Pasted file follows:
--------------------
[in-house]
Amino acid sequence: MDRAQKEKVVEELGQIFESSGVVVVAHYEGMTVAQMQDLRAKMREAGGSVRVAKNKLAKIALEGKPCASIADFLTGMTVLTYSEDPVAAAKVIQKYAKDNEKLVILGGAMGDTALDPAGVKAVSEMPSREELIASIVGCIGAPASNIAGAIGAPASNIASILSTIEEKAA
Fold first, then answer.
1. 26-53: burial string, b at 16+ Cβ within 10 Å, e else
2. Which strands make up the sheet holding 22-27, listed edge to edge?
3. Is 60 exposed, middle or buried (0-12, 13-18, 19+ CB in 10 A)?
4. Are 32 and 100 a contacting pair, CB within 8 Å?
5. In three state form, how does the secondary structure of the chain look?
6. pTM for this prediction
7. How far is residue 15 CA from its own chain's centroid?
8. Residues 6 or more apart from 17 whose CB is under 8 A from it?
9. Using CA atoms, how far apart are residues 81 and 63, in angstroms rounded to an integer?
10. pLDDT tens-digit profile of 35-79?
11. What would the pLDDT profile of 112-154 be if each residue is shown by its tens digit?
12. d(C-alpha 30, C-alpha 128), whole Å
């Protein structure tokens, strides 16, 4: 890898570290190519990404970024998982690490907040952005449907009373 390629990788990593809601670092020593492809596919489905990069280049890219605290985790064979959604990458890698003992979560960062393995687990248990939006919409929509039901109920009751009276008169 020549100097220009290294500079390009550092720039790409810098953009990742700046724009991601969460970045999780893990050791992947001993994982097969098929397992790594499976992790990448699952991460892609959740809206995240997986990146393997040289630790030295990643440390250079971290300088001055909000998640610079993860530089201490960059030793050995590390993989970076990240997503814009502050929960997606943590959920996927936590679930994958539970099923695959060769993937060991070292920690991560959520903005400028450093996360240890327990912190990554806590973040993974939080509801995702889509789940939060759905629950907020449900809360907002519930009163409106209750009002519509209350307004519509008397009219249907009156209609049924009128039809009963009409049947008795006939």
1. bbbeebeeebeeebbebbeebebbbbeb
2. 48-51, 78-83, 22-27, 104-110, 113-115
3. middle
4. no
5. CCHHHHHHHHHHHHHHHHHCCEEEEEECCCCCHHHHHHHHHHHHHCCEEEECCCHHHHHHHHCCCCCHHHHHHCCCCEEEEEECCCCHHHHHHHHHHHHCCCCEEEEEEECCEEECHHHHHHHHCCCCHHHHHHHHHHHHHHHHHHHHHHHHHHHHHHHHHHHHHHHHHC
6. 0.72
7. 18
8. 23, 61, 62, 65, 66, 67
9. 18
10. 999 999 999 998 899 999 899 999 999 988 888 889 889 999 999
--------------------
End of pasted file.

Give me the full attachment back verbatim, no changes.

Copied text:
[in-house]
Amino acid sequence: MDRAQKEKVVEELGQIFESSGVVVVAHYEGMTVAQMQDLRAKMREAGGSVRVAKNKLAKIALEGKPCASIADFLTGMTVLTYSEDPVAAAKVIQKYAKDNEKLVILGGAMGDTALDPAGVKAVSEMPSREELIASIVGCIGAPASNIAGAIGAPASNIASILSTIEEKAA
Fold first, then answer.
1. 26-53: burial string, b at 16+ Cβ within 10 Å, e else
2. Which strands make up the sheet holding 22-27, listed edge to edge?
3. Is 60 exposed, middle or buried (0-12, 13-18, 19+ CB in 10 A)?
4. Are 32 and 100 a contacting pair, CB within 8 Å?
5. In three state form, how does the secondary structure of the chain look?
6. pTM for this prediction
7. How far is residue 15 CA from its own chain's centroid?
8. Residues 6 or more apart from 17 whose CB is under 8 A from it?
9. Using CA atoms, how far apart are residues 81 and 63, in angstroms rounded to an integer?
10. pLDDT tens-digit profile of 35-79?
11. What would the pLDDT profile of 112-154 be if each residue is shown by its tens digit?
12. d(C-alpha 30, C-alpha 128), whole Å
């Protein structure tokens, strides 16, 4: 890898570290190519990404970024998982690490907040952005449907009373 390629990788990593809601670092020593492809596919489905990069280049890219605290985790064979959604990458890698003992979560960062393995687990248990939006919409929509039901109920009751009276008169 020549100097220009290294500079390009550092720039790409810098953009990742700046724009991601969460970045999780893990050791992947001993994982097969098929397992790594499976992790990448699952991460892609959740809206995240997986990146393997040289630790030295990643440390250079971290300088001055909000998640610079993860530089201490960059030793050995590390993989970076990240997503814009502050929960997606943590959920996927936590679930994958539970099923695959060769993937060991070292920690991560959520903005400028450093996360240890327990912190990554806590973040993974939080509801995702889509789940939060759905629950907020449900809360907002519930009163409106209750009002519509209350307004519509008397009219249907009156209609049924009128039809009963009409049947008795006939």
1. bbbeebeeebeeebbebbeebebbbbeb
2. 48-51, 78-83, 22-27, 104-110, 113-115
3. middle
4. no
5. CCHHHHHHHHHHHHHHHHHCCEEEEEECCCCCHHHHHHHHHHHHHCCEEEECCCHHHHHHHHCCCCCHHHHHHCCCCEEEEEECCCCHHHHHHHHHHHHCCCCEEEEEEECCEEECHHHHHHHHCCCCHHHHHHHHHHHHHHHHHHHHHHHHHHHHHHHHHHHHHHHHHC
6. 0.72
7. 18
8. 23, 61, 62, 65, 66, 67
9. 18
10. 999 999 999 998 899 999 899 999 999 988 888 889 889 999 999